Posted on | February 26, 2010 | 1 Comment
There are several energy and climate bills floating around in the Congress right now, including the Kerry/Boxer (or Kerry/Graham/Lieberman) Clean Energy Jobs and American Power Act (which has been in the works since – but not because – I thanked them here) ; the Bingaman/Murkowski American Clean Energy Leadership Act, or ACELA; the Cantwell/Collins CLEAR Act; and probably the most comprehensive energy and climate bill on the docket right now, the Waxman/Markey Bill in the House. All of these, in so far as I can tell, are floating around in some legislative ether that I don’t understand but usually attribute to our Congress’ inability to do anything truly useful.
Well, that may soon change, at least a little bit. Enter the HOME STAR Jobs Bill. HOME STAR provides two paths for consumers to save energy in their homes (from their Web site):
- The Silver Star prescriptive path provides a near-term incentive for specific energy saving investments that is simple to administer and easily introduced into the existing marketplace. Homeowners receive between $1,000 and $1,500 for each measure installed in the home, or $250 per appliance, with a benefit not exceeding $3,000 or at least 50% of total project costs (whichever is less). Covered measures include air sealing; attic, wall, and crawl space insulation; duct sealing or replacement; and replacement of existing windows and doors, furnaces, air conditioners, heat pumps, water heaters and appliances with high-efficiency models. The legislation will utilize existing standards for qualifying products at a level sufficient to significantly increase consumer demand for highly energy efficient building materials and mechanical systems. SILVER STAR improvements may be implemented by any appropriately licensed and insured contractor, but all participating contractors will receive information about opportunities for accreditation and training programs.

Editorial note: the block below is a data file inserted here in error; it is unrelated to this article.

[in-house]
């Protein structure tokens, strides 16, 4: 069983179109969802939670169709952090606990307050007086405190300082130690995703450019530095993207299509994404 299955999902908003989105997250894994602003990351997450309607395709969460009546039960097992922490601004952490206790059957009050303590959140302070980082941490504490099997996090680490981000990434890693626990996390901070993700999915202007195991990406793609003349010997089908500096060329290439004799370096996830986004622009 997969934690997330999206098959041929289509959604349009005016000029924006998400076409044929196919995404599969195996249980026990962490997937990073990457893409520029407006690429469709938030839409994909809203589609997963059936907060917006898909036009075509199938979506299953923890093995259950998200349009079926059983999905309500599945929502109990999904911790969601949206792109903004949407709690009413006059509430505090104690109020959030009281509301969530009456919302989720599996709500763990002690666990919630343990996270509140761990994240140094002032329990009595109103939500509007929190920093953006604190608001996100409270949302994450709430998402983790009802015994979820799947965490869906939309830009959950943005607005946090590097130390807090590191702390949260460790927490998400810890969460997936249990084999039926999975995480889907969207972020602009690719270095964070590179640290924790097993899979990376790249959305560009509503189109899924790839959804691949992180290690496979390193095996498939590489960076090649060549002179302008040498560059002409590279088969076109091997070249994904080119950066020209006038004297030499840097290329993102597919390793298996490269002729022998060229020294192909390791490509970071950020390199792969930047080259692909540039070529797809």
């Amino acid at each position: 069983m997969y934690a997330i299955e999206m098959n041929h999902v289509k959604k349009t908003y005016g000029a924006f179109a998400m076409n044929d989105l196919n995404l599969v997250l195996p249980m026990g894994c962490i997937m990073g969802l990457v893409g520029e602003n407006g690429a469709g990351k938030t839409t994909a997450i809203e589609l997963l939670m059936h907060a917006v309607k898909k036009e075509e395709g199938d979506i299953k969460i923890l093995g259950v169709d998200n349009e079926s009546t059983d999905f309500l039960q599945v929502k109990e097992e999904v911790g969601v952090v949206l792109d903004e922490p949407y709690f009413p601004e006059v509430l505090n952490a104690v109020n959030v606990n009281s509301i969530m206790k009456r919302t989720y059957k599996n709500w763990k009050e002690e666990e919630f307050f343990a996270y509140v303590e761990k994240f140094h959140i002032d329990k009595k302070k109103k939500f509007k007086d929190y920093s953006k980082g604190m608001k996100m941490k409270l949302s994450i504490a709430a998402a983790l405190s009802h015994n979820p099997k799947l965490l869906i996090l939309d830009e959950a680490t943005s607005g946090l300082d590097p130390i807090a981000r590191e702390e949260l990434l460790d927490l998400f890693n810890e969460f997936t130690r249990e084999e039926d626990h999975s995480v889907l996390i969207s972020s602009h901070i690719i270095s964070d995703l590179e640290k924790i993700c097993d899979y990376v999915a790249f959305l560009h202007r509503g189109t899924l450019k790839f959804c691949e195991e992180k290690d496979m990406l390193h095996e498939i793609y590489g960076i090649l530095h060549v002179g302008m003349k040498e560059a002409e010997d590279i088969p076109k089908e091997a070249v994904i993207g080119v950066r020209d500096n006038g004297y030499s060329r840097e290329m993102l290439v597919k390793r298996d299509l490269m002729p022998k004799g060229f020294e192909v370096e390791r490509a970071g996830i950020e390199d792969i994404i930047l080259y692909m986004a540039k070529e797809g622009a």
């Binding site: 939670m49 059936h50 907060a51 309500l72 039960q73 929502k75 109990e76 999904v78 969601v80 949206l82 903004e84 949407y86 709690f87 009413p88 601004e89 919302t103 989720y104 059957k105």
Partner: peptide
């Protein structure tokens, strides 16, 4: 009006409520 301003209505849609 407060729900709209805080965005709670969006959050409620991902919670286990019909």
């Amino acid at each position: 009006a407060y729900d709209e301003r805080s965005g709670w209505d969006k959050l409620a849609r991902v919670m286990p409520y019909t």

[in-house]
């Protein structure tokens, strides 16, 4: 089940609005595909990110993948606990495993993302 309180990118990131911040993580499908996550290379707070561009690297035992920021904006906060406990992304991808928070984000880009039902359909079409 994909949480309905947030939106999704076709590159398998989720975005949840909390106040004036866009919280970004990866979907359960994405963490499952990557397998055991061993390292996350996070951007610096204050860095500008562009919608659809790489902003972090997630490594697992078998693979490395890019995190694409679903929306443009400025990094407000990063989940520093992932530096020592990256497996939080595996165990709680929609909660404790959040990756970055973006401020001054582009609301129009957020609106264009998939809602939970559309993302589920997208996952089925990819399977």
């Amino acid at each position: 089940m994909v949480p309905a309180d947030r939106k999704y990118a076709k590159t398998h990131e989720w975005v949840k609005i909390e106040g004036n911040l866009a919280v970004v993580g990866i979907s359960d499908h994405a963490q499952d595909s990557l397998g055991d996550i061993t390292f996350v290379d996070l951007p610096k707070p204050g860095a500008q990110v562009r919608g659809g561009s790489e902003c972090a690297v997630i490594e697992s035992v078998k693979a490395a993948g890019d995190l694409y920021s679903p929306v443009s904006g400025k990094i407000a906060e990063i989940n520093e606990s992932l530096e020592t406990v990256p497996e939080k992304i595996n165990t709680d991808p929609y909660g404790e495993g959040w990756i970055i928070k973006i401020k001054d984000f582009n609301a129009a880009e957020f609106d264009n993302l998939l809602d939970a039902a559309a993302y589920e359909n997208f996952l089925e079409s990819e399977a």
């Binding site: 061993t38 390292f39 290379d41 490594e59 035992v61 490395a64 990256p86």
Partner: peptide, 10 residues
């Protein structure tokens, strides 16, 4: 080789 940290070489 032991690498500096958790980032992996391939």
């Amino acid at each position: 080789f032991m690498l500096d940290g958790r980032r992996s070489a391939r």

- The Gold Star performance path offers an incentive to households that choose to conduct a comprehensive energy audit and then implement a variety of measures that are designed together to provide greater total returns in energy savings. This performance path represents the future of home efficiency: state-of-the-art building science is used to identify problems, present solutions and deliver verifiable energy savings, generating confidence among homeowners and investors alike. This technology-neutral approach is based on performance, not specific products, so market forces will direct funds to solutions that achieve the best results. A certified professional with accreditation from the Building Performance Institute (BPI), the Residential Energy Services Network (RESNET) or an approved equivalent conducts an energy audit before work begins, and a test-out when the performance retrofit is complete. Consumers receive $3,000 for modeled savings of 20%, plus an additional $1,500 incentive for each additional 5% of modeled energy savings, with incentives not to exceed 50% of project costs. Contractors implementing the GOLD STAR performance path must be BPI accredited.
What this means is that, essentially, if this legislation passes, millions of people will very quickly have several options available to them by which they can implement energy-saving measures in their homes by actions as simple as upgrading appliances or by doing an all-out renovation. The bill primarily hopes to quickly create as many jobs as possible, while providing energy efficiency on a massive scale, which not only will ease the burden on our aging energy infrastructure, it will ultimately reduce carbon emissions. (Both of which, incidentally, were the goals when I started this Web site.) Additionally, anyone wishing to implement these measures will have financing options available to them that are guaranteed through the provisions of the bill.
Pretty neat, eh? Now we just need to hope that the legislation gets passed! If you’d like to learn more about HOME STAR, visit their Web site here. If you’d like to join the coalition supporting it, visit the Efficiency First Web site to sign up and find out how you can contact your legislators to voice your support. Even if you don’t own your own home or aren’t in a position to change your living situation to make it more efficient, I think we can all agree that adding a couple hundred thousand jobs during a recession to a very depressed construction market is a good idea, and making several million homes more efficient is an even better idea. So CHECK IT OUT!!!